In June 2014, the FASB issued ASU 2014-12, Compensation—Stock Compensation (Topic 718). The new guidance provides new criteria for accounting for share-based payments when the terms of an award provide that a performance target could be achieved after the requisite service period. The amendments require that a performance target that affects vesting and that could be achieved after the requisite service period is treated as a performance condition. A reporting entity should apply existing guidance in Topic 718 as it relates to awards with performance conditions and compensation cost should be recognized in the period in which it becomes probable that the performance target will be

 

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achieved. The standard will be effective for the first interim period within annual reporting periods beginning after December 15, 2015. Early adoption is permitted. The Company does not expect to early adopt this guidance and does not believe that the adoption of this guidance will have a material impact on its consolidated financial statements.

In April 2015, FASB issued ASU 2015-03, Interest—Imputation of Interest (“ASU 2015-03”). The standard requires that debt issuance costs be presented in the balance sheet as a direct deduction from the carrying amount of the debt liability, consistent with debt discounts or premiums. ASU 2015-03 is effective for annual periods, and interim periods within those annual periods, beginning after December 15, 2015 and early adoption is permitted. The Company adopted this guidance during its first fiscal quarter of 2016, and the adoption of this guidance did not have a material impact on its consolidated financial statements.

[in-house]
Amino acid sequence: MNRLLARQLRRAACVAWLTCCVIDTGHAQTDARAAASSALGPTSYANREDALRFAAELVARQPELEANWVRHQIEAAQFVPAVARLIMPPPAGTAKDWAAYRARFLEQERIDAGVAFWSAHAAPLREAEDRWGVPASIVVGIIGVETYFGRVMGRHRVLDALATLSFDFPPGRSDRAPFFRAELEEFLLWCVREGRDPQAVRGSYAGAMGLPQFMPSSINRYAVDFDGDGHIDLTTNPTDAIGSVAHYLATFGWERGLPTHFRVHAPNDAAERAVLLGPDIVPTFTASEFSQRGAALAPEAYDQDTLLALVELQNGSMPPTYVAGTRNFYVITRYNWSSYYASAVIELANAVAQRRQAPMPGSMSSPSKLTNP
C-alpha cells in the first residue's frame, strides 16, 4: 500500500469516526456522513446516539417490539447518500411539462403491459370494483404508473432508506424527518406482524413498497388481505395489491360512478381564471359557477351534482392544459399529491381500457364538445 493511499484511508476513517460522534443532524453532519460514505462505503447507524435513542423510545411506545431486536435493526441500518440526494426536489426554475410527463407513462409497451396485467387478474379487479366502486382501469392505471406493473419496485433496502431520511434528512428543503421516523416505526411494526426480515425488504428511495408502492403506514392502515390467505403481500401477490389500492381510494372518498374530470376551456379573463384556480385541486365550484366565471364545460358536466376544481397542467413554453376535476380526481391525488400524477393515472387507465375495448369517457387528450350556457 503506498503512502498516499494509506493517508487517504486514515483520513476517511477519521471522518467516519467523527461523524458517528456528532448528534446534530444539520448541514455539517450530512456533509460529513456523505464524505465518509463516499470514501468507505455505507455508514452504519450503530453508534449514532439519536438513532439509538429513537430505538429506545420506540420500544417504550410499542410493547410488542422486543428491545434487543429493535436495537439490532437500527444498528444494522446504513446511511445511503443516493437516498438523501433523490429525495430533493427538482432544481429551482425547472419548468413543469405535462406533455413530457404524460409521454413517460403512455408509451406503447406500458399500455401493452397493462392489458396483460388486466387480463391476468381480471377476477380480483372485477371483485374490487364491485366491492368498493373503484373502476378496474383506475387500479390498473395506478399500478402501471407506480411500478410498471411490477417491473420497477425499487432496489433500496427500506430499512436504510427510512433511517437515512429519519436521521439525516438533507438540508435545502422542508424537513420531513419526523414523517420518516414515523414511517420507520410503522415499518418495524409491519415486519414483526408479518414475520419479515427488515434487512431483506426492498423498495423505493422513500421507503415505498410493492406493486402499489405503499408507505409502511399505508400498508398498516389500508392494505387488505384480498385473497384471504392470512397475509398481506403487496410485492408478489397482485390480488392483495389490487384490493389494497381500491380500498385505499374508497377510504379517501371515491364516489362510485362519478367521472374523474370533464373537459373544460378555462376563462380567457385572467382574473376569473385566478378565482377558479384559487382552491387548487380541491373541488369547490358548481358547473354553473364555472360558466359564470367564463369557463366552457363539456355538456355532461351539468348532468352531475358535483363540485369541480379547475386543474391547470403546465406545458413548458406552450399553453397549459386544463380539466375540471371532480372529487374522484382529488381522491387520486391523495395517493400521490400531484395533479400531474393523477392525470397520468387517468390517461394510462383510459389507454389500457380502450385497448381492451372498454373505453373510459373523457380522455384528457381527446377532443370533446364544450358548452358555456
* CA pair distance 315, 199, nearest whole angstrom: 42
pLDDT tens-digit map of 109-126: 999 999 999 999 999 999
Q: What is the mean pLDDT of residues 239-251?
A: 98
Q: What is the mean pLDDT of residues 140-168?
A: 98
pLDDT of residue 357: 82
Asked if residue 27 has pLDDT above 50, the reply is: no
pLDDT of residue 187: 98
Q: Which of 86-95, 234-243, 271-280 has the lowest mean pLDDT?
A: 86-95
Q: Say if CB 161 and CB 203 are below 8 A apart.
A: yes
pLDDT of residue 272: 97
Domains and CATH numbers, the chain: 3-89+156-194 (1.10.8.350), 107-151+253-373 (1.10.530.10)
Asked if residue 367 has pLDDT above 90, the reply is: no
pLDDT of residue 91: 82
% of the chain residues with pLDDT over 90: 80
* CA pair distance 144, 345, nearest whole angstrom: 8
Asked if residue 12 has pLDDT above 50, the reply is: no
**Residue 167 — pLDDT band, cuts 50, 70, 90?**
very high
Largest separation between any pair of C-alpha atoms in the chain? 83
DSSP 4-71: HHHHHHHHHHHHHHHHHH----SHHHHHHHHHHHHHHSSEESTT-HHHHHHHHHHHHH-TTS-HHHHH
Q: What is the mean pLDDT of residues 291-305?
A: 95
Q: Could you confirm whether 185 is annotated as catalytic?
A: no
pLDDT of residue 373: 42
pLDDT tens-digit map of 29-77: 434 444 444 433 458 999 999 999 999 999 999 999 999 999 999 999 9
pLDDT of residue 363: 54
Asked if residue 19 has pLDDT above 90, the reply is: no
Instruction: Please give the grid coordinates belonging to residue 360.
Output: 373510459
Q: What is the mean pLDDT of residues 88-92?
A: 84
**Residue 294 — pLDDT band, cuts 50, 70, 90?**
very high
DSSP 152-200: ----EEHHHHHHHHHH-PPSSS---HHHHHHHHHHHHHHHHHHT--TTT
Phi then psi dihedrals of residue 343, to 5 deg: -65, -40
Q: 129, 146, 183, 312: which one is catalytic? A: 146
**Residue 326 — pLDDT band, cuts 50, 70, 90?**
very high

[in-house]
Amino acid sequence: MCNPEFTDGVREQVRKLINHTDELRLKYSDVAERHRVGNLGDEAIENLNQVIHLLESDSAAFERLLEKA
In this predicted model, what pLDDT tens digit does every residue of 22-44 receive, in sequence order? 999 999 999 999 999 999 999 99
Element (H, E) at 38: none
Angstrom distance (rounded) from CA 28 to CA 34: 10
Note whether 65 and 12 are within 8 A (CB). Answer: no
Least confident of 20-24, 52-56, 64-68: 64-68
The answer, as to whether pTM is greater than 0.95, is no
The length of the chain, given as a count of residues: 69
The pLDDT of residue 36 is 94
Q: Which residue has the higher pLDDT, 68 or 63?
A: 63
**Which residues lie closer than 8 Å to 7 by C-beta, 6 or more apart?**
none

In July 2015, the FASB issued ASU 2015-11, Inventory (Topic 330) (“ASU 2015-11”). The pronouncement was issued to simplify the measurement of inventory and changes the measurement from lower of cost or market to lower of cost and net realizable value. This pronouncement is effective for reporting periods beginning after December 15, 2016. The adoption of ASU 2015-11 is not expected to have a significant impact on the Company’s consolidated financial statements.